CheetahMail's Event Mailer Fights Abandonment
Called Event Mailer, the service is part of a suite of messaging tools to extend touch points throughout the customer life cycle.
"Our research has shown 20 percent click-through rates when we send a triggered e-mail to those who abandoned their shopping carts," said Ashley Johnston, director of marketing at CheetahMail, New York. "This is compared with an average 6 percent to 7 percent click-through rate."
Companies using Event Mailer can send an e-mail to browsing customers who abandon their carts, encouraging them to complete the transaction. E-mails, triggered by cookies placed on customers' computers, are sent only to customers for whom the company has an e-mail address.
Event Mailer also works for companies with no control over their order confirmation messages. Though many companies have canned messages, few have the ability to track. Even then, the responses are text-based. Event Mailer allows for the dispatch of HTML and multipart messages that can be tracked for segmentation and analysis.
CheetahMail said the service has reporting capabilities to offer insight into subscriber behavior via tracking of response and open rates, click-throughs and transactions.
Event Mailer will be promoted as a standalone product as well as an extra service to existing customers. Its working is simple. A lightweight application program interface is tied to CheetahMail's Event Mailer system to allow such one-off mailing. The setup of content resembles that of CheetahMail's standard application.
CheetahMail claims any company with an e-commerce Web site can benefit from the technology. The company would not mention names but said business-to-business firms, retailers and financial services companies are Event Mailer users. Financial firms can use the service to send a rate quote or targeted product message.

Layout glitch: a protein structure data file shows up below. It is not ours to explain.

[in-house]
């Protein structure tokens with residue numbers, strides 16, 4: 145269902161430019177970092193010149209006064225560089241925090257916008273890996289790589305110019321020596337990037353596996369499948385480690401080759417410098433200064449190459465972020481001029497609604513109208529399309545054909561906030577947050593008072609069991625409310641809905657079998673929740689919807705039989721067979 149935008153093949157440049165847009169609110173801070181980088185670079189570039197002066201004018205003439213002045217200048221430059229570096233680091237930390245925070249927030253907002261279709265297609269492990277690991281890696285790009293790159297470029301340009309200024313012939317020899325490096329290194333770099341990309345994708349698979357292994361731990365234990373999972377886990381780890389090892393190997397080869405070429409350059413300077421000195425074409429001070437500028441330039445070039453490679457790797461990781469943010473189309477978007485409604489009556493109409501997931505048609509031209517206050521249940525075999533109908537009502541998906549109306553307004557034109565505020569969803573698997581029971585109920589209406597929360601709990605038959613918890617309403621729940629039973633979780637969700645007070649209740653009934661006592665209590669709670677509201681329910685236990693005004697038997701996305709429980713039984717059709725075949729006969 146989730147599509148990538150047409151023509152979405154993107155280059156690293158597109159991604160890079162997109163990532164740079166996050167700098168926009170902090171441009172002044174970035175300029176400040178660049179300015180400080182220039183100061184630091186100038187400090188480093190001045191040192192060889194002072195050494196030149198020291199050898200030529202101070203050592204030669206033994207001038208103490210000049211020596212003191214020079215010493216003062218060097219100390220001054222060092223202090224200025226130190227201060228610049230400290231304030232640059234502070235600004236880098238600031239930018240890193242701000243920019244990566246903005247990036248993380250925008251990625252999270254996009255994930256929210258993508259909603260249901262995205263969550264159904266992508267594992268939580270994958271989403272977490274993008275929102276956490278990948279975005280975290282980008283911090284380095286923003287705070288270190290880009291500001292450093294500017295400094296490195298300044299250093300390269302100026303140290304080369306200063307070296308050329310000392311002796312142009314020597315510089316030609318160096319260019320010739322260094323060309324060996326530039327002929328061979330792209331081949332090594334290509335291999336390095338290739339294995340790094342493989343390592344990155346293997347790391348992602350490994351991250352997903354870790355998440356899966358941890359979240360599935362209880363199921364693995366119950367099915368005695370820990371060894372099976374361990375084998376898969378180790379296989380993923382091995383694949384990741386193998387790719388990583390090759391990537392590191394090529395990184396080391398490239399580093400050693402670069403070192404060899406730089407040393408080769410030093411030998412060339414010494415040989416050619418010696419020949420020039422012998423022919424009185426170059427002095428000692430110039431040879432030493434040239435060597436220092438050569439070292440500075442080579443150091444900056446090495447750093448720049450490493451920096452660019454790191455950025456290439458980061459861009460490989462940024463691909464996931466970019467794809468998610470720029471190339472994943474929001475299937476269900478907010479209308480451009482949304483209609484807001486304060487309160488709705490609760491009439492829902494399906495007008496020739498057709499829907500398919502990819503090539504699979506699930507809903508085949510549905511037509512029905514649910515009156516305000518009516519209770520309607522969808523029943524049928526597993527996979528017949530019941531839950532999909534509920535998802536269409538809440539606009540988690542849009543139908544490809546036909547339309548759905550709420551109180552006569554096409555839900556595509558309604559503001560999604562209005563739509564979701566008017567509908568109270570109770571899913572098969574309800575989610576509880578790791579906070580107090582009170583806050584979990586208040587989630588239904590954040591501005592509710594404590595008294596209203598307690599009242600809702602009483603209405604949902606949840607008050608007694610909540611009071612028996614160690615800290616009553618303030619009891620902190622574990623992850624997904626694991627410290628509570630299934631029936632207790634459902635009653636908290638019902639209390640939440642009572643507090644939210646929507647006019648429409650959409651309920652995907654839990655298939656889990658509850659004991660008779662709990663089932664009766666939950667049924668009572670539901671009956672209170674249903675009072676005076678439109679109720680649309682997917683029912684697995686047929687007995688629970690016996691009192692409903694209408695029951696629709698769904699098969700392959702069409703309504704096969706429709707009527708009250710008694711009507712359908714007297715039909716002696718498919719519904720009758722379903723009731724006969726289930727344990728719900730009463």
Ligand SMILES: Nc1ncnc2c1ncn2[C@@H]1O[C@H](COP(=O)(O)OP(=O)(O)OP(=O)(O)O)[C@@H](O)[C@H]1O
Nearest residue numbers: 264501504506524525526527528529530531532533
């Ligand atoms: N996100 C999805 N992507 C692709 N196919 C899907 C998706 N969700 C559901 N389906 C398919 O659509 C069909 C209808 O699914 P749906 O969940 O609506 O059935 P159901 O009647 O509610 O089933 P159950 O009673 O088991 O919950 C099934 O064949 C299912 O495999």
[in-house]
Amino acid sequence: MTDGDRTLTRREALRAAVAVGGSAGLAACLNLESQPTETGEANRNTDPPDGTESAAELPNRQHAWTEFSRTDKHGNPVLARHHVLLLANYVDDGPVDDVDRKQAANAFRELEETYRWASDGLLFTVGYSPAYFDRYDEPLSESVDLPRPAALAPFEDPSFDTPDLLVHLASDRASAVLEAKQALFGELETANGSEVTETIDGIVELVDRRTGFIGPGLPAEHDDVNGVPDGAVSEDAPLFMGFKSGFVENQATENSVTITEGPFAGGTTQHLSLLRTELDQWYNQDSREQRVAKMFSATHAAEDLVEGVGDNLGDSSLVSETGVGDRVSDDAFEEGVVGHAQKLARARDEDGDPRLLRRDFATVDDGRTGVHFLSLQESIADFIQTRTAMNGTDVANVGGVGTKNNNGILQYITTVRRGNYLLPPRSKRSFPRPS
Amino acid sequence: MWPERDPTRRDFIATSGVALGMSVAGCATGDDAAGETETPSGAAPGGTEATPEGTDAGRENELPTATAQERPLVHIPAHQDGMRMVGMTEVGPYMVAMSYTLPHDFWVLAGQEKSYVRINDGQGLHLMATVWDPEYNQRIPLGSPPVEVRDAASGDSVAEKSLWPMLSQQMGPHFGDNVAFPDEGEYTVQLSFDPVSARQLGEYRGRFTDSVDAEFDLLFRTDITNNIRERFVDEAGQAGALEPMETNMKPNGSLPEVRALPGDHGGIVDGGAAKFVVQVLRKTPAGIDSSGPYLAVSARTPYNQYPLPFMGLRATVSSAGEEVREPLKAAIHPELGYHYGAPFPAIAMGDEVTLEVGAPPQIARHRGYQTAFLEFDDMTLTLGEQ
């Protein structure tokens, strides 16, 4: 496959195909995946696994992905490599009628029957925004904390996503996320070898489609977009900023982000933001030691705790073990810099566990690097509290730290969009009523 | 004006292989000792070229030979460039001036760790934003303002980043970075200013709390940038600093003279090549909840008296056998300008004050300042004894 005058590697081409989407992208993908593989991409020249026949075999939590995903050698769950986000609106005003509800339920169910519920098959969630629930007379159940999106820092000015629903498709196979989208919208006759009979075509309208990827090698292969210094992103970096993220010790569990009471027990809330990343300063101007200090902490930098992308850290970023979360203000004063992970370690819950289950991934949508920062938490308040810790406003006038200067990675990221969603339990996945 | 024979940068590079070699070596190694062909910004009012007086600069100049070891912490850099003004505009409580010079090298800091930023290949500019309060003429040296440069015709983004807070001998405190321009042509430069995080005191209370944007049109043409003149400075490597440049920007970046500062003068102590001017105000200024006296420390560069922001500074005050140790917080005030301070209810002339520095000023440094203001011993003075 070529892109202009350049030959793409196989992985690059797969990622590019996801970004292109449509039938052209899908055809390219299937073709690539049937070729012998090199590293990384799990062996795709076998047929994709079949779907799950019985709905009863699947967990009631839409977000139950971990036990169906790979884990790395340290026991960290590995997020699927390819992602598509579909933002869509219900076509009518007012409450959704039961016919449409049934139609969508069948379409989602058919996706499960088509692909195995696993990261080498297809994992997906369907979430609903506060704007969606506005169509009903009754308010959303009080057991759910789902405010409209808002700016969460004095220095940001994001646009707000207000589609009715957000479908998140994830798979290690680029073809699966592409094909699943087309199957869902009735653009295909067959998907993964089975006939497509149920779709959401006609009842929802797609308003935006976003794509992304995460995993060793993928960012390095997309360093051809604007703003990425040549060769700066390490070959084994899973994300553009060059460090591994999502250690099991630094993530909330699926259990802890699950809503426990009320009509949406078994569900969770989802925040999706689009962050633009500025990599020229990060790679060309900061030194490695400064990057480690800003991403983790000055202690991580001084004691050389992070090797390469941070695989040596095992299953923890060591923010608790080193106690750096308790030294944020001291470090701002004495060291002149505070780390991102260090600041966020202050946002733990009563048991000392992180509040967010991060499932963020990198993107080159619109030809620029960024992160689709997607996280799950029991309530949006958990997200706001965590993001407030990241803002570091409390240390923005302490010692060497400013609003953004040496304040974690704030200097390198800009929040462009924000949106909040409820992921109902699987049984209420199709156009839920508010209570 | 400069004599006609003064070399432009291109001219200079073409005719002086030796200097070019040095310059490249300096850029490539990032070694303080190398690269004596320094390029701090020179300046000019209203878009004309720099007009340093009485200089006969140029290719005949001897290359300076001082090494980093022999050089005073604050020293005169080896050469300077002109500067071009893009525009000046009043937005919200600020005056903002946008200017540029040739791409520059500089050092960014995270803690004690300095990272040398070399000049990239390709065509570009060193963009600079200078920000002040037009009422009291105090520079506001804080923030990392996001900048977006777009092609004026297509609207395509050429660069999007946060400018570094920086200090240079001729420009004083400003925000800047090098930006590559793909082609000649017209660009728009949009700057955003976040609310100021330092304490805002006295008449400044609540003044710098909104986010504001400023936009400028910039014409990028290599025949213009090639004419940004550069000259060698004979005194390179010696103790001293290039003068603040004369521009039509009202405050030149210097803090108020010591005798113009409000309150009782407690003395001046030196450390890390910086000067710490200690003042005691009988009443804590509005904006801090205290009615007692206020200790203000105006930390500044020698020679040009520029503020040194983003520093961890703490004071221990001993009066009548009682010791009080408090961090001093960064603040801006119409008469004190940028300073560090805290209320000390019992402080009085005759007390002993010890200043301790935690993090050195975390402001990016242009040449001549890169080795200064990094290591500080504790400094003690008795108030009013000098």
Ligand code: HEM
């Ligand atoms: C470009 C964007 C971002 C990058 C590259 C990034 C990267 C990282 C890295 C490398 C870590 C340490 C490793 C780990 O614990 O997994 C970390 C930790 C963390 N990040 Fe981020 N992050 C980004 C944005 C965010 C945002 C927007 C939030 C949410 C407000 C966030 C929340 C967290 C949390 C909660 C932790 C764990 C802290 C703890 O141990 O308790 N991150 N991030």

CheetahMail clients include CompUSA.com, Dollar Rent a Car, Sony Ericsson, The Discovery Channel, Bloomingdale's, JCPenney, Starbucks.com, InStyle.com and Wyndham Hotels & Resorts.
Though CheetahMail is not the only company with such an event-triggered offering, many of those on the market are software-based. Furthermore, those that are application service providers, or hosted software on the Web, "are triggered only by time, not activity," Johnston said.
But such event-based e-mail triggers carry a danger. Too much use of these messages to win back customers may be construed as rewarding bad behavior.
Johnston said online dialogue marketing is in its infancy in terms of proven methodologies. But the main objective and challenge is still content, and having access to behavior-specific reports is important. The other bigger challenge is incentive, she admitted.
"Incenting customers can be extremely addictive," Johnston said. "Most marketers found that out when they ran free-shipping promotions. If a company continually offers free shipping or a discount on merchandise, then customers will pick up on this trend and only buy products when the promotion is running. Incenting customers less often reduces the risk of your customers relying on these promotions in order to shop."